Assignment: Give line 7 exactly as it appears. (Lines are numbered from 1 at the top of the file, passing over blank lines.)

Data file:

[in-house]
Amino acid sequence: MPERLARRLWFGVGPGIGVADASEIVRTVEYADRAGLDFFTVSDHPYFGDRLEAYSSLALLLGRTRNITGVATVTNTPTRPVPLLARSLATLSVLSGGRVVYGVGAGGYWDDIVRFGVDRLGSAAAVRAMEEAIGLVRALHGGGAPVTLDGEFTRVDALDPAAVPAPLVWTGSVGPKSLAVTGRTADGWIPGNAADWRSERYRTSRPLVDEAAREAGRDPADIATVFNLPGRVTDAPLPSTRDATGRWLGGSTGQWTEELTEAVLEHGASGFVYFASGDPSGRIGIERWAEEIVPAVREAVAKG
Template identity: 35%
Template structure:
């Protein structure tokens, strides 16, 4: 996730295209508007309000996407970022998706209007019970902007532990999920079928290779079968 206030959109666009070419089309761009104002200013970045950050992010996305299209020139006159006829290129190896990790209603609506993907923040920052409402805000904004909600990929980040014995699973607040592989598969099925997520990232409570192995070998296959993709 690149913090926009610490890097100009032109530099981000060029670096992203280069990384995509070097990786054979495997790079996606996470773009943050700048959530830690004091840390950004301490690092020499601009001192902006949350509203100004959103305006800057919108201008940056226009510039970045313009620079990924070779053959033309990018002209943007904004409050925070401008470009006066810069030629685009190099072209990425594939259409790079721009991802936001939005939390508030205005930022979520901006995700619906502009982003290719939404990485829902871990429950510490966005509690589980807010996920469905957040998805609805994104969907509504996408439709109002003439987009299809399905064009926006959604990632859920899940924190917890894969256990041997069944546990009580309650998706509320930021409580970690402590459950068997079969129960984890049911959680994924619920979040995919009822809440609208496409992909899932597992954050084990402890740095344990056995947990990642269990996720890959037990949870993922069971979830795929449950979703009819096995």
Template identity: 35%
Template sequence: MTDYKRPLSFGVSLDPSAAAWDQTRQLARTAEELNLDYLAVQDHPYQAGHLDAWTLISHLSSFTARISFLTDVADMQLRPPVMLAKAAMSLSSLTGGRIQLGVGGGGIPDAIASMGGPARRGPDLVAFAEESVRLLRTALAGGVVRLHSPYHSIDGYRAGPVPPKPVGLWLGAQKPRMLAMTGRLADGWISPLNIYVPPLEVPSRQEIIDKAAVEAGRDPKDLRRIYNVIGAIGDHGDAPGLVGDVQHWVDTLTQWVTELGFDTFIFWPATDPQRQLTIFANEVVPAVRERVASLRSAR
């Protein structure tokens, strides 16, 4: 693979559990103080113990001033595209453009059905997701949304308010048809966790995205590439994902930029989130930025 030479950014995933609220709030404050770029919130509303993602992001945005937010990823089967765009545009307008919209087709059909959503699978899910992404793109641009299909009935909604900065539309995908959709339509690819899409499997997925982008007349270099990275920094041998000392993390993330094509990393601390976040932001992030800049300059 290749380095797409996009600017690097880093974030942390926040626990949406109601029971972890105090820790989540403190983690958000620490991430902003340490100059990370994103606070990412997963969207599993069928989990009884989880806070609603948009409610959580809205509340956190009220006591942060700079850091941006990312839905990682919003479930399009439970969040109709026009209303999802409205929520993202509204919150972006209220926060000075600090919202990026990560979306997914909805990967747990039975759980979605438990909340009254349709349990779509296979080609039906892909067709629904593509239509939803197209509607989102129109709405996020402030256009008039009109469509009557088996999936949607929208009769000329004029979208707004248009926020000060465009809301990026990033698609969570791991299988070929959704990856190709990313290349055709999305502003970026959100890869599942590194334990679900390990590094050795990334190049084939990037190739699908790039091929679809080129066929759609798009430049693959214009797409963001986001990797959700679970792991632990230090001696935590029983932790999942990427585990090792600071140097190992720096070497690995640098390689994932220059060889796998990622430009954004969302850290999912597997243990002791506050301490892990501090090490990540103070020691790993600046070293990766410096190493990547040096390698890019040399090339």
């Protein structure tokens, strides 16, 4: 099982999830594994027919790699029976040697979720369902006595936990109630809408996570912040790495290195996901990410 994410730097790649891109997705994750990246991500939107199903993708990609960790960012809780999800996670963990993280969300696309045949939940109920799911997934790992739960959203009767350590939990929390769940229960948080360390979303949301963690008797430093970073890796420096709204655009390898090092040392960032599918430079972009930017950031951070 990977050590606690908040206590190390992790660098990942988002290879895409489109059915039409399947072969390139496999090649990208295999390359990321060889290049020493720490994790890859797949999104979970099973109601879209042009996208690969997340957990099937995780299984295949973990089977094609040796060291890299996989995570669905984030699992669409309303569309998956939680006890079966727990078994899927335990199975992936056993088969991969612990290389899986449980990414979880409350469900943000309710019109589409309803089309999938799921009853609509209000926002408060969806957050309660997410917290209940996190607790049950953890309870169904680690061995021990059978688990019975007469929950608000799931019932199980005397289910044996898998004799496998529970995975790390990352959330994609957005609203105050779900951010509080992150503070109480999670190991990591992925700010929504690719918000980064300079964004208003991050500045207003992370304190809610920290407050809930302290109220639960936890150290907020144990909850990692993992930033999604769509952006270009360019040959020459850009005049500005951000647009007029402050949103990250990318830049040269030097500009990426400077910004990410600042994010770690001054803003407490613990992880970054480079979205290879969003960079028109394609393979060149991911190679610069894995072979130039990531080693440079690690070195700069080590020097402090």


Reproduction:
Template sequence: MTDYKRPLSFGVSLDPSAAAWDQTRQLARTAEELNLDYLAVQDHPYQAGHLDAWTLISHLSSFTARISFLTDVADMQLRPPVMLAKAAMSLSSLTGGRIQLGVGGGGIPDAIASMGGPARRGPDLVAFAEESVRLLRTALAGGVVRLHSPYHSIDGYRAGPVPPKPVGLWLGAQKPRMLAMTGRLADGWISPLNIYVPPLEVPSRQEIIDKAAVEAGRDPKDLRRIYNVIGAIGDHGDAPGLVGDVQHWVDTLTQWVTELGFDTFIFWPATDPQRQLTIFANEVVPAVRERVASLRSAR